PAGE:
2 Comments

Filed under All things having to do with the English language

What is & Called?

images

Chances are you know it’s called an ampersand. It is the symbol for “and,” as in Johnson & Johnson. It is an 18th century distortion of the Latin, “and per se and.” It’s also sometimes found in the abbreviation for “et (and) cetera (the rest),” particularly when it’s written by calligraphers as “&c.”

However, don’t use an ampersand to take the place of the word “and” in your work documents unless it actually is used in a company name.

Leave a comment

Filed under All things having to do with the English language

Before You Click “Send”

Unknown

Most of us have had the horrible experience of discovering one nanosecond after clicking “Send” that we have sent that email to the wrong person. Here is a checklist to help you avoid that and other problems:

1. To make your email sound more human, include a greeting and closing. These can be casual or more formal, depending on the situation.

2. Make sure all names are spelled correctly. You don’t like to see your name mangled; neither does anyone else.

3. Don’t forget to add “please” and “thank you.” These are positive words people like to see.

4. Always use spellcheck, and then always proofread out loud (quietly and slowly) to pick up mistakes spellcheck doesn’t recognize (e.g., “ant” when you meant “any”).

5. Don’t overpunctuate!!!! You want to come across as a professional.

6. Avoid using “Reply All.” We all get too many emails, and “Reply All” clutters up mailboxes with issues that often don’t pertain to the recipient. Be selective in sending responses.

7. If the subject is emotionally charged, after you write your reply do not send it immediately. Do something else. Later, reread your answer and make certain it is responsive to the email you received. If you are satisfied that your answer is appropriate, go ahead and send it. If you’re not sure, either wait awhile longer or else rewrite your response.

8. The last step before sending is to check the TO: field to be certain your email is going only to those you want to see it.

1 Comment

Filed under All things having to do with the English language

Punology

images

My dear friend RB sent me these puns. Normally, I find puns corny, but these struck me as particularly clever. See what you think:

I tried to catch some fog. I mist.
When chemists die, they barium.
Jokes about German sausage are the wurst.
A soldier who survived mustard gas and pepper spray is now a seasoned veteran.
I know a guy who’s addicted to brake fluid. He says he can stop any time.
How does Moses make his tea? Hebrews it.
I stayed up all night to see where the sun went. Then it dawned on me.
This girl said she recognized me from the vegetarian club, but I never met herbivore.
I am reading a book about anti-gravity. I can’t put it down.
I did a theatrical performance about puns. It was a play on words.
They told me I had Type A blood, but it was a Type O.
A dyslexic man walks into a bra.
PMS jokes aren’t funny. Period.
Why were the Indians here first? They had reservations.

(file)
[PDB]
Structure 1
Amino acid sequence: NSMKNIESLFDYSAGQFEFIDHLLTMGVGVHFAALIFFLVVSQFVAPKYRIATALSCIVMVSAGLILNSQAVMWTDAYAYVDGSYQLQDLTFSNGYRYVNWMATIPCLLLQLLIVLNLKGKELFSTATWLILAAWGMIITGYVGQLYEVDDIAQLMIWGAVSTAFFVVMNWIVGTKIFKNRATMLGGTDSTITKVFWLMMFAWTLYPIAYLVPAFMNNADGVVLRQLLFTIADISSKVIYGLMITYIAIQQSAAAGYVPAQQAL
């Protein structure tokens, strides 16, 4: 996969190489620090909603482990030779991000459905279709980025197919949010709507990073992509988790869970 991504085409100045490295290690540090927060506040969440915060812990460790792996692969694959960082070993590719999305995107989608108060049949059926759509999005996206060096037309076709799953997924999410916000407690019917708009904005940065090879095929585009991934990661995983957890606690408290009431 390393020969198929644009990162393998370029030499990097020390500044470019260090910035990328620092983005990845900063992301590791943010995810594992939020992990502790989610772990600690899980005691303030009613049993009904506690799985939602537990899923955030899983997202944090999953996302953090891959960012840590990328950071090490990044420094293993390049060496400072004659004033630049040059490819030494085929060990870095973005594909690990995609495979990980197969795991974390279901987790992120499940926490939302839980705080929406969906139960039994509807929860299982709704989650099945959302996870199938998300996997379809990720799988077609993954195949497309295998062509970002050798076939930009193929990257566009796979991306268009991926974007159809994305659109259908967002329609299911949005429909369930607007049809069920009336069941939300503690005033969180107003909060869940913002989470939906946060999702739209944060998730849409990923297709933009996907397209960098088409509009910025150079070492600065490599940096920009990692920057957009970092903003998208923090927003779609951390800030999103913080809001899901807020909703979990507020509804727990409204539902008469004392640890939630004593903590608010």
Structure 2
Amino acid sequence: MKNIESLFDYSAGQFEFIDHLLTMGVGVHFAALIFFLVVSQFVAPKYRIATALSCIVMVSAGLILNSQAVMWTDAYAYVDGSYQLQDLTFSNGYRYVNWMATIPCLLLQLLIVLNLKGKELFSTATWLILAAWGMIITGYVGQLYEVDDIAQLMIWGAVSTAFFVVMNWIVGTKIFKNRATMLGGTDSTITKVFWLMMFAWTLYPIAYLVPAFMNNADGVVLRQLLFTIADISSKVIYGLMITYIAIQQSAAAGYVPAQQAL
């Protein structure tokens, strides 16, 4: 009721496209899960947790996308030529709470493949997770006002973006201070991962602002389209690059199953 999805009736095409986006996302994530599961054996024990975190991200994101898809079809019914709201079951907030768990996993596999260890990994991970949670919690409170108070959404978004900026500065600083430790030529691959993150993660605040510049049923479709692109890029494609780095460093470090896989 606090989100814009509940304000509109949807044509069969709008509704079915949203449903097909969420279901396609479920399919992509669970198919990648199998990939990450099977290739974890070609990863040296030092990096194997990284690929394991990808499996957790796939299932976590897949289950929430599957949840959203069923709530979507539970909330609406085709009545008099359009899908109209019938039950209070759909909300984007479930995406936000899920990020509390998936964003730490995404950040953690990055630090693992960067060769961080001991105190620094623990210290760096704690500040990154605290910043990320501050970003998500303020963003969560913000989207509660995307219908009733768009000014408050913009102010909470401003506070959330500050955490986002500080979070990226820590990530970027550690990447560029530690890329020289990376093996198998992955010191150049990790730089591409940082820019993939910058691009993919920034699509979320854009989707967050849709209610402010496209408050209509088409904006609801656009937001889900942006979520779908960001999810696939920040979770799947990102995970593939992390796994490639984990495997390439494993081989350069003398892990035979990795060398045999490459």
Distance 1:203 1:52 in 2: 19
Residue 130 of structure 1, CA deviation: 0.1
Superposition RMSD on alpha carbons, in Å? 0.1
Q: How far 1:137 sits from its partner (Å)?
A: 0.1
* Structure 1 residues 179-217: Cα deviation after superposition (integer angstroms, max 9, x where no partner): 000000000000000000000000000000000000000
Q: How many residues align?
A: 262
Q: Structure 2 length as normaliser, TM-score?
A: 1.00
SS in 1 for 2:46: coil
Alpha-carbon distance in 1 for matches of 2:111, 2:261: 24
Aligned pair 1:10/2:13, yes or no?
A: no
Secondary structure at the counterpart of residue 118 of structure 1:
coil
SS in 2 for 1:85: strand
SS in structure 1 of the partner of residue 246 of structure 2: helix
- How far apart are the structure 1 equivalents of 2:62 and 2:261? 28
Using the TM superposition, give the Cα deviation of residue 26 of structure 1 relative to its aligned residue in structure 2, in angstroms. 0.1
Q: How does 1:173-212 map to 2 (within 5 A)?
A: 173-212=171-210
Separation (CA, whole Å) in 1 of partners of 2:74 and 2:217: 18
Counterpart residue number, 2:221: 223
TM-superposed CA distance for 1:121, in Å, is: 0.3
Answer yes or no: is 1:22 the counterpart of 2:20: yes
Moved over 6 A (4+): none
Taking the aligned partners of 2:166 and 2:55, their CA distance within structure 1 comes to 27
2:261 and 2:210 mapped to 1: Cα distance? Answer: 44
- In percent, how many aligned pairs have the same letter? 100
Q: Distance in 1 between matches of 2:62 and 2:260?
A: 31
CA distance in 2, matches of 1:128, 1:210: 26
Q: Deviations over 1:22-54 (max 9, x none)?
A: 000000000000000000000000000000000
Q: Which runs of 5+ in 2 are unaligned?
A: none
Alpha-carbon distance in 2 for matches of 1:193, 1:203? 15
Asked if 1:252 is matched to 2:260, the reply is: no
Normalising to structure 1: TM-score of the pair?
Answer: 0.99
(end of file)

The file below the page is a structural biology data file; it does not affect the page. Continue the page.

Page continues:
I’m going on a class trip to the Coca-Cola factory. I hope there’s no pop quiz.
The Energizer Bunny was arrested, charged with battery.
I didn’t like my beard at first. Then it grew on me.
How do you make holy water? Boil the hell out of it.
What do you call a dinosaur with an extensive vocabulary? A thesaurus.
When you get a bladder infection, urine trouble.
What does a clock do when it’s hungry? It goes back four seconds.
I wondered why the baseball was getting bigger. Then it hit me.
Broken pencils are pointless.

You may now groan.

Leave a comment

Filed under All things having to do with the English language

What Do You Call @?

Unknown This mark originally appeared as far back as the 16th century. If you are an American, chances are you call it the “at sign.” But around the world it has other more descriptive names: In the Netherlands, it’s known as “the monkey’s tail.” Russians call it “the little dog” (I’m still pondering that one ) and Italians refer to it as “the small snail.” Israelis see it as a strudel; both are rolled up, but the @ doesn’t taste nearly as good. It does have fewer calories, though. Go to Bosnia and you’ll find it’s a “Crazy A.” I’m wondering how long it will be until the word “at” disappears and we see this sign take its place. Th@ is not something I’m looking forward to.

1 Comment

Filed under All things having to do with the English language

What’s the Official Name for This?

images

You may call this a pound sign, a number sign, or a hashtag. In fact, the official name for this is an “octothorpe.” Who knew, right? The sign came into common use around 1968, when Bell Labs, once part of AT&T, used the symbol on its touch-tone phones.

The name octothorpe refers to the eight points of the symbol. The “thorpe” part is less clear: “thorp” (no final e) in Old English meant “village,” so perhaps the eight lines surround areas that may have been seen as little villages around a central square.

Leave a comment

Filed under All things having to do with the English language

Travel Plans (and a laugh for you)

Unknown

I love languages and am fascinated and impressed by how cleverly people are able to use words.

A friend sent me this yesterday. When I Googled it to find the source, innumerable versions showed up. I had hoped to give attribution to the author but honestly have no idea where this started. I hope you enjoy it.

If you travel for your work, you may have been in some of these places. I know I have visited several (not saying which, though).

I have been in many places, but I’ve never been in Cahoots. Apparently, you can’t go alone. You have to be in Cahoots with someone.

I’ve also never been in Cognito. I hear no one recognizes you there.

I have, however, been in Sane. They don’t have an airport; you have to be driven there. I have made several trips there, thanks to my children, friends, family and work.

I would like to go to Conclusions, but you have to jump, and I’m not too much on physical activity anymore.

I have also been in Doubt. That is a sad place to go, and I try not to visit there too often.

I’ve been in Flexible but only when it was very important to stand firm.

Sometimes I’m in Capable, and I go there more often as I’m getting older.

One of my favorite places to be is in Suspense. It really gets the adrenalin flowing and pumps up the old heart. At my age I need all the stimuli I can get.

I may have been in Continent, but I don’t remember what country I was in. It’s an age thing. They tell me it is very wet and damp there.

Leave a comment

Filed under All things having to do with the English language